If you're a Batman fan at all then you've also heard the jokes: Batman and Robin are gay, with the younger hero being more to the World's Greatest Detective than just a sidekick. It's an interpretation of the super heroic relationship that many fans especially notice in Batman and Robin. The film, released in 1997 and starring George Clooney as Batman and Chris O'Donnell as Robin, embraced something ore a camp aesthetic, something more in line with Adam West's Batman shows and movie from the 1960s leading many to believe that the characters were, in fact, gay. Not so, says director Joel Schumacher.
In an interview with Vulture, Schumacher was asked about the gay read and campiness of Batman and Robin, but according to the director none of these things would even be an issue if he himself weren't gay.
"If I wasn't gay, they would never say those things," Schumacher said.
He went on to explain that many of the things people cite when discussing his "queering" of Batman and Robin really go back well before his time working within the franchise. People have always made the assumption about the characters being gay.
"This all started way before me," Schumacher said. "Long before I came along, someone wrote a whole thing about what the real message of fairy tales and children's stories are. Snow White was all about having bad stepmother. And Batman and Robin are two homosexual men living in a cave, living together. There's always been this thing about Batman and Robin being gay."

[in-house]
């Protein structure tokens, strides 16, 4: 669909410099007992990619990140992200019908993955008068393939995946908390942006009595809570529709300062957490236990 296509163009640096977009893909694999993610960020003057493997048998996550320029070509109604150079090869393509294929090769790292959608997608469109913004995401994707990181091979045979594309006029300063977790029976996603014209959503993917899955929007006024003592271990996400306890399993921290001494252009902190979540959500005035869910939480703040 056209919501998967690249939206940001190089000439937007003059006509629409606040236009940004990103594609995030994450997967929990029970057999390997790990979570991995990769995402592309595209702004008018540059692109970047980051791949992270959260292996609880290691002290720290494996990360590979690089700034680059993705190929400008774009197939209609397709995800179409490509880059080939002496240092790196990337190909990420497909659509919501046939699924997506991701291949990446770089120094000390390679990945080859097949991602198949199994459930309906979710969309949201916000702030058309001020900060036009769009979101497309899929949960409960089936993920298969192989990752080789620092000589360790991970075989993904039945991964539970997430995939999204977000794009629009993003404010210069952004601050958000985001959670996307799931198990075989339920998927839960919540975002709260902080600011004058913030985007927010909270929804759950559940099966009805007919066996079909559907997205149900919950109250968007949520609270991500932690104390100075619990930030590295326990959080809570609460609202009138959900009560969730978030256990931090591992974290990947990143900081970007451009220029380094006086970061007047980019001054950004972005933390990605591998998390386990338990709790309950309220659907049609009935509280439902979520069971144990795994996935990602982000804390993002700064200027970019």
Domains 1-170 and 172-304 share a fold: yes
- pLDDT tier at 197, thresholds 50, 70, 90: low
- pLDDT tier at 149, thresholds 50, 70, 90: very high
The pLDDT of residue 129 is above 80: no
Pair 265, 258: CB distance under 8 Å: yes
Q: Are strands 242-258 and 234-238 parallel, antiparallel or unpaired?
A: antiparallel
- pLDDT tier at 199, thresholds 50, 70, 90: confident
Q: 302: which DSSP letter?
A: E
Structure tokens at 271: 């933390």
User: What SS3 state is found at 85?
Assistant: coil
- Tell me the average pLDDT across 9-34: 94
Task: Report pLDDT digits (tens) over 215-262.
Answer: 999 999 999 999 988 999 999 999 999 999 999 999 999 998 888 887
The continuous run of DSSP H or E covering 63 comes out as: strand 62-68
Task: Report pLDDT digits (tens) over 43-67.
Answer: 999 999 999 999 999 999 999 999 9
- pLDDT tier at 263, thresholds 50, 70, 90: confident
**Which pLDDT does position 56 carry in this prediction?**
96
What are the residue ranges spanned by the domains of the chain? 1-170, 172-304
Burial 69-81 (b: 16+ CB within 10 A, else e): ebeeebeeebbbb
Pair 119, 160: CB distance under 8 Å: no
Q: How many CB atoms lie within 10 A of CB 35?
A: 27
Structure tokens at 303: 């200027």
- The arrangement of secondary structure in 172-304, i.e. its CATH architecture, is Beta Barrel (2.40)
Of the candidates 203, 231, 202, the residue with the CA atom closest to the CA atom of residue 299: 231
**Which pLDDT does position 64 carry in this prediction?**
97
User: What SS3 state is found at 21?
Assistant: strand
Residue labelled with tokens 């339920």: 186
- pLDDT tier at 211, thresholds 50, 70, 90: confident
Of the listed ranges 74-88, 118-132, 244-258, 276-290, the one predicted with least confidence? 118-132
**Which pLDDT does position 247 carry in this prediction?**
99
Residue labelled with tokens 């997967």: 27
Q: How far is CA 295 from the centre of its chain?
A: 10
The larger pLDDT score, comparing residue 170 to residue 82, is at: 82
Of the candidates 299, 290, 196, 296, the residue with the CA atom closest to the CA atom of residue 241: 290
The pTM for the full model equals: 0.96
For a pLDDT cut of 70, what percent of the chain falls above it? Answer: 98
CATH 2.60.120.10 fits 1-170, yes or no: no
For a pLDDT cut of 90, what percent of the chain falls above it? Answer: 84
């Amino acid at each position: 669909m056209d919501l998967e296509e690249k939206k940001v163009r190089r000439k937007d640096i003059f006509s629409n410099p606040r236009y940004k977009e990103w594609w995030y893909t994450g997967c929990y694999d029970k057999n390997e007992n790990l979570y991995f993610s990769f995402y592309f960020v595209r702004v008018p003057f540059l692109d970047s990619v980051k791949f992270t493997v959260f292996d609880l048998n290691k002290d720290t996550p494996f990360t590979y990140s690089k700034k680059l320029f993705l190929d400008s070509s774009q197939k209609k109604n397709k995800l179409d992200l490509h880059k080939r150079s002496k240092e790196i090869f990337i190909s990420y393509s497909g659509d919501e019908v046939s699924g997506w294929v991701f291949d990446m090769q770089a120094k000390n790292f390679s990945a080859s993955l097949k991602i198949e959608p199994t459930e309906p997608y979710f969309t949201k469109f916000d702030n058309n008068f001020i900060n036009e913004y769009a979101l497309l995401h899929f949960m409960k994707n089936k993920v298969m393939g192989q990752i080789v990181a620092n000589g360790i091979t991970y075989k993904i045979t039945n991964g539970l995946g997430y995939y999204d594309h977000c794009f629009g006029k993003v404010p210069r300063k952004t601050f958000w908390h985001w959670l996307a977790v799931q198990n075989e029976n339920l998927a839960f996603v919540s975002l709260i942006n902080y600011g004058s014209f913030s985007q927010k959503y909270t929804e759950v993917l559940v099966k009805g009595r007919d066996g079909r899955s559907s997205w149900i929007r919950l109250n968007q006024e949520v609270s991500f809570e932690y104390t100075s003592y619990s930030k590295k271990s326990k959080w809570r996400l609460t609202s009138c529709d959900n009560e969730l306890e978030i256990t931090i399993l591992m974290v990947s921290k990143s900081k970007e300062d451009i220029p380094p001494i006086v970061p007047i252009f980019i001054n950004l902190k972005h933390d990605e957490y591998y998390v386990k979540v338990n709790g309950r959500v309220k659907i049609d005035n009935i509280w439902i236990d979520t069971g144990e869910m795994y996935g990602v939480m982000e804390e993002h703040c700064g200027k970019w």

With that preexisting perception, one might assume that Schumacher, as filmmaker opted give a "wink and nod" to things, but he went on to insist that he did not -- and that he doesn't even think that the characters are gay to start with.
"No," Schumacher said when asked. "Nor do I ever think Batman and Robin are gay. There were a lot of people who I would say, in one particular community, wanted George Clooney to be gay so badly."
This isn't the first time that Schumacher has insisted that the gay reading of Batman & Robin is, in part, a product of his own sexuality. Back in 2017, Schumacher made a similar claim.0comments
"I think because I am gay, people read into things," he explained. "For instance, when I did [the 2000 war drama] Tigerland, because you have a lot of guys running around in their underwear, of course it's called homoerotic. It seems to feel a little cockeyed. I made so many macho films. It was just fun."
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